Does Practising Goodness Improve Happiness?

Do you practise goodness to improve happiness in your postworksavvy life?

Are you a ‘good’ person?

Goodness is difficult to define as it usually takes meaning from the context in which it is used.   It may refer to generosity and the act of giving to others.  It may also be used to describe something inanimate, such as the goodness of food.  Most often it refers to giving to others.

'nice' Therapists in training
‘nice’ Therapists in training – courtesy of alumroot

Several years ago — while still in my career at a children’s mental health centre, a trainer hired to train staff in advanced family therapy techniques, shocked me with a complaint call.  The therapists taking the training were causing frustration because the therapists were all too ‘nice’ to the clients who came for help  She asked me why I hired people who had goodness in their personalities and who were ‘nice’ people.

And then she challenged me about whether I was also a ‘good’ person.  This feedback about staff members stunned and surprised me. I wondered why therapists would not demonstrate the qualities of goodness.   I was also surprised at the personal challenge about whether I was a ‘good’ person.

This encounter has stayed with me.  I decided that surrounding myself with people who practised goodness and who were ‘good’ people — at work and in my personal life — was a blessing.

I also decided that this trainer, although she was well-reputed, would not get another contract from our organization.

Her comments inferred that she resented working with these therapists. I also wondered how she expected that clients coming for help should be treated. I suspected that she was masking her own anger and unhappiness.

These comments made me realize the importance of ‘goodness’ in a helping relationship.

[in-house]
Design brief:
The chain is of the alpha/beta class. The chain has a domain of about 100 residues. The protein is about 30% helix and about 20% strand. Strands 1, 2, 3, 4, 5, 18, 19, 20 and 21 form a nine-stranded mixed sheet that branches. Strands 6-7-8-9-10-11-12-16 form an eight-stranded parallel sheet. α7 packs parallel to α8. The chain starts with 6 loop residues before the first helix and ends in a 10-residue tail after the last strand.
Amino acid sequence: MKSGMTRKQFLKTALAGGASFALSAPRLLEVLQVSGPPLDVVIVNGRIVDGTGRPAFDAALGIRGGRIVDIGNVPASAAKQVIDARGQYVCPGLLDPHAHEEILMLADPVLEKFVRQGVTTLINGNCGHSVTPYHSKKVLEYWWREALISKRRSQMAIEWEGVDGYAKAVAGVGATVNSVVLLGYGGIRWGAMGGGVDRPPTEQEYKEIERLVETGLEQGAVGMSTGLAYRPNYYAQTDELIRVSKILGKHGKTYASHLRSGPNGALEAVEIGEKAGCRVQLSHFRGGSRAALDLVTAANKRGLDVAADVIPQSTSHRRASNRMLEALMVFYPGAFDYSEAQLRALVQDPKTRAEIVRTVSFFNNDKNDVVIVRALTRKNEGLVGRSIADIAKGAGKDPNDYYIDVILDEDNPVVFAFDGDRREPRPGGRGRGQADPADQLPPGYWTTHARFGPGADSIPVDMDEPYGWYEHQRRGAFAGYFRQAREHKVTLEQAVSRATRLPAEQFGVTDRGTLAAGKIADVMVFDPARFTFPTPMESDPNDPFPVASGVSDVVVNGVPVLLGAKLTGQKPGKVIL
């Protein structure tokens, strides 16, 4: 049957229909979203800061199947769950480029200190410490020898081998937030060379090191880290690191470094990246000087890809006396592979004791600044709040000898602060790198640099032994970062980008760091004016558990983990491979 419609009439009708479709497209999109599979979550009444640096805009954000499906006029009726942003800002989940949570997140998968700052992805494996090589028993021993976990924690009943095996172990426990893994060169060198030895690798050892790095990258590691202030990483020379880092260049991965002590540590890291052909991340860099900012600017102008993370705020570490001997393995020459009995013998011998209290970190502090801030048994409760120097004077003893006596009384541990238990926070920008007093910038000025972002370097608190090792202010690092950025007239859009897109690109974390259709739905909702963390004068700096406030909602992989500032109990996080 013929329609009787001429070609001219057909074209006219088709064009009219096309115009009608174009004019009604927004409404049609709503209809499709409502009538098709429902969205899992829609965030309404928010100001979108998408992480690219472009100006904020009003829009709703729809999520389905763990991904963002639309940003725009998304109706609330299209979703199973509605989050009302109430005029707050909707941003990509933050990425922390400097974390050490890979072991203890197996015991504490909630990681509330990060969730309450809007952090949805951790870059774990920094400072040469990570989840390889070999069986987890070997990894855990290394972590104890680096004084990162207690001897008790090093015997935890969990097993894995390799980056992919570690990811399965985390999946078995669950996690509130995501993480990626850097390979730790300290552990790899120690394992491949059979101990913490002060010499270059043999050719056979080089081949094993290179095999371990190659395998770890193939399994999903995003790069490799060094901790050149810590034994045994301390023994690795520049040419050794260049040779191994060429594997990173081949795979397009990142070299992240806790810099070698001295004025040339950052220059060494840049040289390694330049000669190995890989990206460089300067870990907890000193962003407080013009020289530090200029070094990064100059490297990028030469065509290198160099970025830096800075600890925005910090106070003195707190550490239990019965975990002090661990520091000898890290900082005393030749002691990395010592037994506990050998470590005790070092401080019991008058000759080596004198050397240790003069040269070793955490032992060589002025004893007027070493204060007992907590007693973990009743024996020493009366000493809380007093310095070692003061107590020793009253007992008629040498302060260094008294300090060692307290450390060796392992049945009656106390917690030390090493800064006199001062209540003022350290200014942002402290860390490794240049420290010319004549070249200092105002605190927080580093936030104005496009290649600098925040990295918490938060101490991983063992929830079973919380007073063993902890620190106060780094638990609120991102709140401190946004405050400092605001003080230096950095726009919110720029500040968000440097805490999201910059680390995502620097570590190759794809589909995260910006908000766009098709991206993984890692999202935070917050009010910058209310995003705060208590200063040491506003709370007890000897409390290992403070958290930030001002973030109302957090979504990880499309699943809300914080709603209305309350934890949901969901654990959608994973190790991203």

It also made me realize that spending time with nice people who practised ‘goodness’ can improve happiness.

Goodness and it’s link to Compassion

compassion — courtesy of Susan von Struensee

Compassion involves doing something ‘good’ for others — doing something that benefits others.  Showing compassion can mean making an extra effort and/or acting out of concern for others.  Acts of compassion refer to activities that show empathy, warmth, and caring.

Hopefully the therapists in training demonstrated these qualities. If so, these people were well-equipped to work with families in distress.  Nobody deserves a therapist who lacks compassion.

Goodness and its link with the Superego

conscience — courtesy of fguillen

Superego is a term that comes from Freudian psychology.  In lay terms, superego refers to conscience.  It is often associated with negative qualities such as judgement, punishment and a sense of guilt.

On the positive side, conscience is also associated with the capacity for morality, tolerance, respect and responsibility. These qualities build the capacity to form healthy relationships with others. These are also the qualities that allow development of the capacity to love others.  Capacity to form positive relationships is essential in therapy — as well as in day-to-day living.

Goodness and its link to happiness

So how are qualities such as compassion and conscience linked to goodness and happiness?  When the world is so messed up what good can one person do?  How can goodness improve happiness?

This reminds me of the story of the man on the beach who throws star fish into the ocean as the tide recedes. When his efforts are challenged as fruitless, he notes that his interventions save a few starfish. These few starfish continue to live — so his actions make a difference — perhaps not for all the star fish on the beach, but for some.